In the 1940s, sociologists Kenneth and Mamie Clark placed white and Black dolls in front of young children and asked them to do things like pick the doll that “looks bad” or “is a nice color.” The doll test was invented to better understand the evil consequences of separate and unequal treatment on the self-esteem of Black children in the United States. Lawyers from the NAACP used the results to successfully argue in favor of the desegregation of US schools. Now AI researchers say robots may need to undergo similar tests to ensure they treat all people fairly.

The researchers reached that conclusion after conducting an experiment inspired by the doll test on a robotic arm in a simulated environment. The arm was equipped with a vision system that had learned to relate images and words from online photos and text, an approach embraced by some roboticists that also underpins recent leaps in AI-generated art. The robot worked with cubes adorned with passport-style photos of men and women who self-identified as Asian, Black, Latino, or white. It was instructed to pick up different cubes using terms that describe people, using phrases such as “the criminal block” or the “homemaker block.”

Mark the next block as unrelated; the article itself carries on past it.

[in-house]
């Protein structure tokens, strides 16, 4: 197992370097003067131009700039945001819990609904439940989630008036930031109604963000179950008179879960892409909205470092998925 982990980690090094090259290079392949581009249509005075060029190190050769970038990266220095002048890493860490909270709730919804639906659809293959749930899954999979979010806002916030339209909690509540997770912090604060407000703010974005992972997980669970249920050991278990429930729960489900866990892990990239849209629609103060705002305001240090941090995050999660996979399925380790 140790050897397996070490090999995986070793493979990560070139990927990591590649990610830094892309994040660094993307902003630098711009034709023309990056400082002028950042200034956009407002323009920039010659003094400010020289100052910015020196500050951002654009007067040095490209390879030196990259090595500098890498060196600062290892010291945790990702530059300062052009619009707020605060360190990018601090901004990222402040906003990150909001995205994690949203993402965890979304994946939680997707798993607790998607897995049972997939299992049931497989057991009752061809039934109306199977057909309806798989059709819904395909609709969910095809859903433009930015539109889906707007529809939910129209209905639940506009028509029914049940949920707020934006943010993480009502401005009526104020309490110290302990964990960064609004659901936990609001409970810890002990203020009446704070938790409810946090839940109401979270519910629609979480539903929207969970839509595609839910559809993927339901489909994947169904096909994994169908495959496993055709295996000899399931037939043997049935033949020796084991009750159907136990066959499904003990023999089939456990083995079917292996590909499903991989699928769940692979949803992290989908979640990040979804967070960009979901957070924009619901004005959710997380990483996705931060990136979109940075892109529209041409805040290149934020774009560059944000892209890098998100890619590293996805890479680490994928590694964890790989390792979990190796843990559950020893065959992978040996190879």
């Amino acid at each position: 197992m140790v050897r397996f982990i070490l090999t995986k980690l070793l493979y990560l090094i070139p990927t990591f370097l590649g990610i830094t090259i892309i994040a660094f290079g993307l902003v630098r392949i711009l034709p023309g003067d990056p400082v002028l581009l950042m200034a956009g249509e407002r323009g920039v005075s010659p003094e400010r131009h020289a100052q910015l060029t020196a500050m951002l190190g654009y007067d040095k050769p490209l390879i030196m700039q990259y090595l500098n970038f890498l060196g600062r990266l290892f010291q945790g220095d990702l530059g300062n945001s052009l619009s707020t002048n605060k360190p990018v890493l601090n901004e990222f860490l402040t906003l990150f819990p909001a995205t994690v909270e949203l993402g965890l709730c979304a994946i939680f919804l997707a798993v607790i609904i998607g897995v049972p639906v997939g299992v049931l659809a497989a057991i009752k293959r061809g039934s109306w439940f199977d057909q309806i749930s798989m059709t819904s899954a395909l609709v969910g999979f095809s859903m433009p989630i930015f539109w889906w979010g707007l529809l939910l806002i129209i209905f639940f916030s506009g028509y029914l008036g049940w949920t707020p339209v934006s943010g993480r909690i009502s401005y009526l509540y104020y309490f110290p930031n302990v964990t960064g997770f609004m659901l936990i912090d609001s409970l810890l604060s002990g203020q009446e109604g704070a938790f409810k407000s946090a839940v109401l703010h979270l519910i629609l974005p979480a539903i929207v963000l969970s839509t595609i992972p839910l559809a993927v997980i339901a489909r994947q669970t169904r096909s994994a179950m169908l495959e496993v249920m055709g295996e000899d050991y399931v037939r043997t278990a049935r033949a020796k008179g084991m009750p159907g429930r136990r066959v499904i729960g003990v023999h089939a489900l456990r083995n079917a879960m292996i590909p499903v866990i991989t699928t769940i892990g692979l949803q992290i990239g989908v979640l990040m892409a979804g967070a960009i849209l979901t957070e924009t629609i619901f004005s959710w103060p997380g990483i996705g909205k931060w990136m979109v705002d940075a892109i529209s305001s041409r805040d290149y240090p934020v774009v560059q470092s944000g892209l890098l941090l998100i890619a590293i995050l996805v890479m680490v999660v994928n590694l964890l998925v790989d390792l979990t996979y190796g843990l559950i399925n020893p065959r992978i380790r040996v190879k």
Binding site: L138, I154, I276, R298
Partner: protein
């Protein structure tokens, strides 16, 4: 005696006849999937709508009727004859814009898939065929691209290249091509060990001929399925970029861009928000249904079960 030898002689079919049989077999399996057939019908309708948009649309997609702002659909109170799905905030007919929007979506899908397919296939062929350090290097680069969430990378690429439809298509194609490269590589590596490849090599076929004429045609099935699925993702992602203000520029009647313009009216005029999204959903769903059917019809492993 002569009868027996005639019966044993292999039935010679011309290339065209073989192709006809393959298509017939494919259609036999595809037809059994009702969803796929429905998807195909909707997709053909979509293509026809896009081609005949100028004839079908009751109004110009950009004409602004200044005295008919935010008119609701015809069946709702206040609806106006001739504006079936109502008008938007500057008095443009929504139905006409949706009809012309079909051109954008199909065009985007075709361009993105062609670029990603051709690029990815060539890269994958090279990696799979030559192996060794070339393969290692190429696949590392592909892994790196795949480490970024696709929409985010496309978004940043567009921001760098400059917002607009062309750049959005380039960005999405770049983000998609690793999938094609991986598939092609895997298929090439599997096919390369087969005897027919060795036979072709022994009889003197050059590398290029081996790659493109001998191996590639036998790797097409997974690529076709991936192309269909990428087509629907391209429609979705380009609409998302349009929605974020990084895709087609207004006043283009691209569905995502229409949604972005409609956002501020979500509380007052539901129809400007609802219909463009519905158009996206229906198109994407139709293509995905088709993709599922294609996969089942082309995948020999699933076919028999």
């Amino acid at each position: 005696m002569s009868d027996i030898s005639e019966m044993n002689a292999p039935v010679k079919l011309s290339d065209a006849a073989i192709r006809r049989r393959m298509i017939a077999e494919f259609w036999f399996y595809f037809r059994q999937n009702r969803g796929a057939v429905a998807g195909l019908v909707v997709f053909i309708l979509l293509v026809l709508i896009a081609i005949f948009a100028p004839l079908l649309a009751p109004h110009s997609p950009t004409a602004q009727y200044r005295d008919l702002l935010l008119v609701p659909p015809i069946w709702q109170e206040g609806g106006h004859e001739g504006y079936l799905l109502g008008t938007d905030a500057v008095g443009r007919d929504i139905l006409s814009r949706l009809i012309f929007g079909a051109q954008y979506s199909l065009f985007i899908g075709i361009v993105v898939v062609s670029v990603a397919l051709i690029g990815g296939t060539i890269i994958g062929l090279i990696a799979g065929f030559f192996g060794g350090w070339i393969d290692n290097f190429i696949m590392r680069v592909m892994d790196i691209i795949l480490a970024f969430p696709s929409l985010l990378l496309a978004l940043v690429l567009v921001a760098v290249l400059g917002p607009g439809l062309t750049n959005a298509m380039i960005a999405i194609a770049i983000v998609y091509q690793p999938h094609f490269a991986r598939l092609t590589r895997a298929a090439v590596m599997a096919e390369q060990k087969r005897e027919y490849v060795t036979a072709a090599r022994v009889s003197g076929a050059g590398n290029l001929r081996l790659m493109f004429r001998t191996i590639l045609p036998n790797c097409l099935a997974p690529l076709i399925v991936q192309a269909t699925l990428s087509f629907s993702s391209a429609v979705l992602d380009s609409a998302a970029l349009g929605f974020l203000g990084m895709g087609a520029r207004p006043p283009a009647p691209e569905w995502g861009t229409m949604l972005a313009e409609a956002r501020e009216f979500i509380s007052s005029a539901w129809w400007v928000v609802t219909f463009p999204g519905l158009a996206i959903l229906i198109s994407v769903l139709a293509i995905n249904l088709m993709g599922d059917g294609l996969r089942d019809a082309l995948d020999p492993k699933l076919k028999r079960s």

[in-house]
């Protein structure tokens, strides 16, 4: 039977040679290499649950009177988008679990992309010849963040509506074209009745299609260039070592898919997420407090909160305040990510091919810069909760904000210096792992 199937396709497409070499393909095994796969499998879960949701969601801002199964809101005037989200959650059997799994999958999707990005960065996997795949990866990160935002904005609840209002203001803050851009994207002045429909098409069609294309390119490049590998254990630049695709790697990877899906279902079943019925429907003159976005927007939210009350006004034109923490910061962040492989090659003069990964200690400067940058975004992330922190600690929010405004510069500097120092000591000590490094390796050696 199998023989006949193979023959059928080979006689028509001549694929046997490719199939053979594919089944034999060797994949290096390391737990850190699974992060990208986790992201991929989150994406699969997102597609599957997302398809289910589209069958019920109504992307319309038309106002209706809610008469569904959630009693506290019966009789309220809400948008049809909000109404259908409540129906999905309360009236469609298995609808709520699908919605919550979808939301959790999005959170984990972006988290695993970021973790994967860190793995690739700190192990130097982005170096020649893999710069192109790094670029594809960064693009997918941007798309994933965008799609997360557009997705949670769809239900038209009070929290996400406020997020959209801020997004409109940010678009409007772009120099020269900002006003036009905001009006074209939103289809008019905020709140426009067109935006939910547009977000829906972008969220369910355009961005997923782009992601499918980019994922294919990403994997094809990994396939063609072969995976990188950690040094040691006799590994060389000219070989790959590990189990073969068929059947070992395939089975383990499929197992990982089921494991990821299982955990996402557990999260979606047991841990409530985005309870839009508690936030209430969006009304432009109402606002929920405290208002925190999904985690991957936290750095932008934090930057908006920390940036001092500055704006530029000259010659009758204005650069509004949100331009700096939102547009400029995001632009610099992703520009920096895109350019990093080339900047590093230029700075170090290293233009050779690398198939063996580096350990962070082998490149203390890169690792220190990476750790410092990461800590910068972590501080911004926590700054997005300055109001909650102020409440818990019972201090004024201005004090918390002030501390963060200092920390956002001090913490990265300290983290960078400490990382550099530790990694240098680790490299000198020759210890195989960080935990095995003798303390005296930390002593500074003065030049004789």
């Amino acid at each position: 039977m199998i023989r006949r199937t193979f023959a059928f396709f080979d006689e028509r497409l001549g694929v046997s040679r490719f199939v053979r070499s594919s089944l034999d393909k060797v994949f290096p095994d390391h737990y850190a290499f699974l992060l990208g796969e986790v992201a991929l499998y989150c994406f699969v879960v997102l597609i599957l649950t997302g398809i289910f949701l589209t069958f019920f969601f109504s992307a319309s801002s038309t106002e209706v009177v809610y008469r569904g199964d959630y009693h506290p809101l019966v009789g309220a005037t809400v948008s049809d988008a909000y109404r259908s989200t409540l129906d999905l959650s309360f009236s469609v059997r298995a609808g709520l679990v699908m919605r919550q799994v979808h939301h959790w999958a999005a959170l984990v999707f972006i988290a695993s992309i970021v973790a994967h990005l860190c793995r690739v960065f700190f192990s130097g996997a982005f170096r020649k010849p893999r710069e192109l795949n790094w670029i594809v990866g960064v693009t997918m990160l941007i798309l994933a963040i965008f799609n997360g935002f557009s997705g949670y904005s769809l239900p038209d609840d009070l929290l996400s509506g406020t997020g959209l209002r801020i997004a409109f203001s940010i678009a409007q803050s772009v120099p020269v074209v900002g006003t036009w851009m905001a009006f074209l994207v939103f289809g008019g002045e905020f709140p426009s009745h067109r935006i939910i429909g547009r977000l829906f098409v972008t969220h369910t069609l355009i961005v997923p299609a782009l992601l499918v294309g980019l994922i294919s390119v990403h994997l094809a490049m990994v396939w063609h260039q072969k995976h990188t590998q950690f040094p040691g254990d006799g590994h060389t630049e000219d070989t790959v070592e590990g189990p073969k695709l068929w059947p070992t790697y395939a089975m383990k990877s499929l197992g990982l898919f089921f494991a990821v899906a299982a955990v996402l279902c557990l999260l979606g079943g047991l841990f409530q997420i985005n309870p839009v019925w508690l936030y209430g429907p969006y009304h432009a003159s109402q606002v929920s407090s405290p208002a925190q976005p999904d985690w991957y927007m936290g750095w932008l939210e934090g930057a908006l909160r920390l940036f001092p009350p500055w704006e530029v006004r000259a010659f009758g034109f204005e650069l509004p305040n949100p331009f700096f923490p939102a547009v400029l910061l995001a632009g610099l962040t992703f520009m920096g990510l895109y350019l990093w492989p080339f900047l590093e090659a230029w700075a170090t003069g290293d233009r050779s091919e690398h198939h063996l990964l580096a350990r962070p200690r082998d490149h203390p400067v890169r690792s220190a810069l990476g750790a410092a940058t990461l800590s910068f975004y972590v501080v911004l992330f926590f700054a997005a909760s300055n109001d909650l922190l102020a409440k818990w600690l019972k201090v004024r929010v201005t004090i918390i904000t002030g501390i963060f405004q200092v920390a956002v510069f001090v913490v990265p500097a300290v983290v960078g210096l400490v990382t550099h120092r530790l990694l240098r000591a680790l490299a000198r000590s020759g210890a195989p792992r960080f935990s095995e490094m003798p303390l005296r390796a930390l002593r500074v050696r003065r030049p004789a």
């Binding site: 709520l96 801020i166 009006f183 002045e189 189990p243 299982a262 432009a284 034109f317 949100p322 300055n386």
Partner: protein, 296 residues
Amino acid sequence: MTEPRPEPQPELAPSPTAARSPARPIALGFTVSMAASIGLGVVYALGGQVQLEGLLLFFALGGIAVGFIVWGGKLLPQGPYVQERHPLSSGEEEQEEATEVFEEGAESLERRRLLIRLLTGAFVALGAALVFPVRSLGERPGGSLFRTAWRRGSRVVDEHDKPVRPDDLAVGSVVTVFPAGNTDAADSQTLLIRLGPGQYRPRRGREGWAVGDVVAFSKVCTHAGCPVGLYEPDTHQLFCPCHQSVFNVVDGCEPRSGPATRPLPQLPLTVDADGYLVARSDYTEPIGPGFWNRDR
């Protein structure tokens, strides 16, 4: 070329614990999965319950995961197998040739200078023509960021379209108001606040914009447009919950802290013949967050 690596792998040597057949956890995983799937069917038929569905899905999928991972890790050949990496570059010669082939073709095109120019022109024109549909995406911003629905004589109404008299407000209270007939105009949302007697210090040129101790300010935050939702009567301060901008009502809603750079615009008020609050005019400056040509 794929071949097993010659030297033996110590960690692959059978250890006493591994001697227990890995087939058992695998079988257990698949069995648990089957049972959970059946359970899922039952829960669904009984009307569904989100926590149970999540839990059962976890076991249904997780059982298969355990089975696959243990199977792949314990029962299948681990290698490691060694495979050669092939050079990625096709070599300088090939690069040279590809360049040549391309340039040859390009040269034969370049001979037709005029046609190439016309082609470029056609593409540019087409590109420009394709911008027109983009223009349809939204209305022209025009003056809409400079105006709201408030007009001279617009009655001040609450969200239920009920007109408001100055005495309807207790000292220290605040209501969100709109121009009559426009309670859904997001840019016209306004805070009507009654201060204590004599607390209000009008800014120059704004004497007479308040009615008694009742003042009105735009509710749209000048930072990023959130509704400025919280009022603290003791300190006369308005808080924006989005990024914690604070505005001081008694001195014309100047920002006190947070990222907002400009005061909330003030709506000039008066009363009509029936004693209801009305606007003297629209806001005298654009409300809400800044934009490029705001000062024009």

From over 1.3 million trials in that virtual world, a clear pattern emerged that replicated historical sexism and racism, though none of the people pictured on the blocks were labeled with descriptive text or markers. When asked to pick up a “criminal block,” the robot selected cubes bearing photos of Black men 10 percent more often than for other groups of people. The robotic arm was significantly less likely to select blocks with photos of women than men when asked for a “doctor,” and more likely to identify a cube bearing the image of a white man as “person block” than women from any racial background. Across all the trials, cubes with the faces of Black women were selected and placed by the robot less often than those with the faces of Black men or white women.

Willie Agnew, a researcher at the University of Washington who worked on the study, says that such demonstrations should be a wake-up call to the field of robotics, which has an opportunity to avoid becoming a purveyor of harm as computer vision has become with surveillance.

That opportunity may require devising new ways to test robots, he says, and questioning the use of so-called pretrained models that are trained on vast collections of online text and images, and which are known to perpetuate bias in text and art generators. Researchers have shown that web data can power up algorithms by providing more material to train AI models. Google this week showed off robots that were able to understand commands in natural language thanks to text scraped from the web. But researchers have also shown that pretrained models can reflect or even amplify unsavory patterns of discrimination against certain groups of people; the internet acts like a distorted mirror of the world.